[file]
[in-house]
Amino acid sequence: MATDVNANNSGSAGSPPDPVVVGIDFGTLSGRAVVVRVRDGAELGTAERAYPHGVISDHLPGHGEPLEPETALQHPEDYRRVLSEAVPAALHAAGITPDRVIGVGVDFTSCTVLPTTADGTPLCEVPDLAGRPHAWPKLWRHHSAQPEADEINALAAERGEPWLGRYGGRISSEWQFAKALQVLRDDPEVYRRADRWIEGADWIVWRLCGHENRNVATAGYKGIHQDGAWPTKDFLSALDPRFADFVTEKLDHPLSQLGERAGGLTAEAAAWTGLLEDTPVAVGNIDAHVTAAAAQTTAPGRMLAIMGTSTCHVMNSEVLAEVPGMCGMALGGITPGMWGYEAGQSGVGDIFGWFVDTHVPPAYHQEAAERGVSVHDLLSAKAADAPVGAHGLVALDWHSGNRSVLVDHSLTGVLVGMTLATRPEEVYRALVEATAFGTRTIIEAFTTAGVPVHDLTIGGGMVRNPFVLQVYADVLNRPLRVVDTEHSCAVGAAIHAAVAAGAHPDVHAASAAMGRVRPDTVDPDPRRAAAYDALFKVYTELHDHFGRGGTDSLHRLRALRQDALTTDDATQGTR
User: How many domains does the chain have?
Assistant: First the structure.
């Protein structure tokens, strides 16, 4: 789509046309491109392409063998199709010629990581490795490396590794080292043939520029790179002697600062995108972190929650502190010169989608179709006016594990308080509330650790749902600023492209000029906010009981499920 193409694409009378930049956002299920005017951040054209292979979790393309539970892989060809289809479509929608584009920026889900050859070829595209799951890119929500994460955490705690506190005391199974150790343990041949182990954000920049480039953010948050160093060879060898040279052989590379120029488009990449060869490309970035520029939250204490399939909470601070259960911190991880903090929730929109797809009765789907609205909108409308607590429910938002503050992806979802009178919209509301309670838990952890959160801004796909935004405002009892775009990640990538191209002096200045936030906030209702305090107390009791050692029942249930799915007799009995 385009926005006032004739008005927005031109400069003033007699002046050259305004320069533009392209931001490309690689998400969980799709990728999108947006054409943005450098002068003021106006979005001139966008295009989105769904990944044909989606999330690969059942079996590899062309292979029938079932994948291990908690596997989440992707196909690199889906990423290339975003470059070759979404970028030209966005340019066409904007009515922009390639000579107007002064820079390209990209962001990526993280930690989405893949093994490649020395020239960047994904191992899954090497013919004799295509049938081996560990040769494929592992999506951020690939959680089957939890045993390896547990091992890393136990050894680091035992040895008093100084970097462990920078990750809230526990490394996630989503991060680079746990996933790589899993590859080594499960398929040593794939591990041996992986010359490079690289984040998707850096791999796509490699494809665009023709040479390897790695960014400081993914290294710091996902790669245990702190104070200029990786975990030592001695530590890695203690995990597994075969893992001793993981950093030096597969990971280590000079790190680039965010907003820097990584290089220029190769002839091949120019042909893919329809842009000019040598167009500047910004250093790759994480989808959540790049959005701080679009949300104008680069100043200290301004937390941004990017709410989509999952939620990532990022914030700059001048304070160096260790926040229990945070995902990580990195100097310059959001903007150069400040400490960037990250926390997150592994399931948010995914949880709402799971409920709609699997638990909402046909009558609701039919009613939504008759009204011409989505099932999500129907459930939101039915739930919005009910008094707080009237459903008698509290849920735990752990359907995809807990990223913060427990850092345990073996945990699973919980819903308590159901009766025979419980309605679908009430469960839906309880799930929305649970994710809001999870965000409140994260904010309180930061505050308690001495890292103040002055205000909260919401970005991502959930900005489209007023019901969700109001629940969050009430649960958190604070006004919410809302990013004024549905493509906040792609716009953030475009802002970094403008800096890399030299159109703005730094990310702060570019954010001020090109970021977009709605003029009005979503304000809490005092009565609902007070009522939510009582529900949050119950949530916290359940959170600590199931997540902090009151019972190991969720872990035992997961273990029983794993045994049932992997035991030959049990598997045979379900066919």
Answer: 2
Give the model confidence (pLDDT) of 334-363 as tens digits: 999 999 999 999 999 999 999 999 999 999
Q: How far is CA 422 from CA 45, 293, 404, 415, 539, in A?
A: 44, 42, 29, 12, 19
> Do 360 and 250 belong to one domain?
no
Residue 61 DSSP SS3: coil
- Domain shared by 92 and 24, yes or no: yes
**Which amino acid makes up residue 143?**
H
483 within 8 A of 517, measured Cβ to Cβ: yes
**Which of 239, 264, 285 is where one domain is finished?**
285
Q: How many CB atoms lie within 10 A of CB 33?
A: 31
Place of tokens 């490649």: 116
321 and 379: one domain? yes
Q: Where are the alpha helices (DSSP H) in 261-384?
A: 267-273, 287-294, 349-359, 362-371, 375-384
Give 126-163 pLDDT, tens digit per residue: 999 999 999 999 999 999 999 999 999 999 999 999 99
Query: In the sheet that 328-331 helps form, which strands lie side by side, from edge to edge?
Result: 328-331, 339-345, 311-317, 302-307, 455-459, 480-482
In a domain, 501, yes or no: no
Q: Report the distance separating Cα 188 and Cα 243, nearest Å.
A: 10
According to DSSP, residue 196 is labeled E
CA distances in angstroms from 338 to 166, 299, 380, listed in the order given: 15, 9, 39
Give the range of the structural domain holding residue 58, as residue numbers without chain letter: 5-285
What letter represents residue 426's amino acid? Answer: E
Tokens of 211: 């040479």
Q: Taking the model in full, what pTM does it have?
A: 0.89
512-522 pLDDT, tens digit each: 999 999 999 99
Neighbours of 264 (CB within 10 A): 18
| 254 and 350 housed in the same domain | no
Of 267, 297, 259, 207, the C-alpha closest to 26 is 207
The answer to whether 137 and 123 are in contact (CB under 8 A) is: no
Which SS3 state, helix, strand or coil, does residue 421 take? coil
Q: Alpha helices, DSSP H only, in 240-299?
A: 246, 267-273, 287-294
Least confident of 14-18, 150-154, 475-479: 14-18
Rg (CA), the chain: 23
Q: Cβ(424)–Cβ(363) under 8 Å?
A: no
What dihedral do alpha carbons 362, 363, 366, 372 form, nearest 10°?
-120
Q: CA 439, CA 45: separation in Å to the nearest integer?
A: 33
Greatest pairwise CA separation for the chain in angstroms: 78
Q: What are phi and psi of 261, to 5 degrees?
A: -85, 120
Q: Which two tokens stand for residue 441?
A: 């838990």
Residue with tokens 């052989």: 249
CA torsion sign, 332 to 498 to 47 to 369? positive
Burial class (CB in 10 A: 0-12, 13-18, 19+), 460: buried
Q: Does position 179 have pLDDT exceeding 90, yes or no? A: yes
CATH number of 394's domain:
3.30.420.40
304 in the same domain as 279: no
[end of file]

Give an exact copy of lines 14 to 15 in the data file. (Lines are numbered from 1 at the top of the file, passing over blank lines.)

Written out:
**Which amino acid makes up residue 143?**
H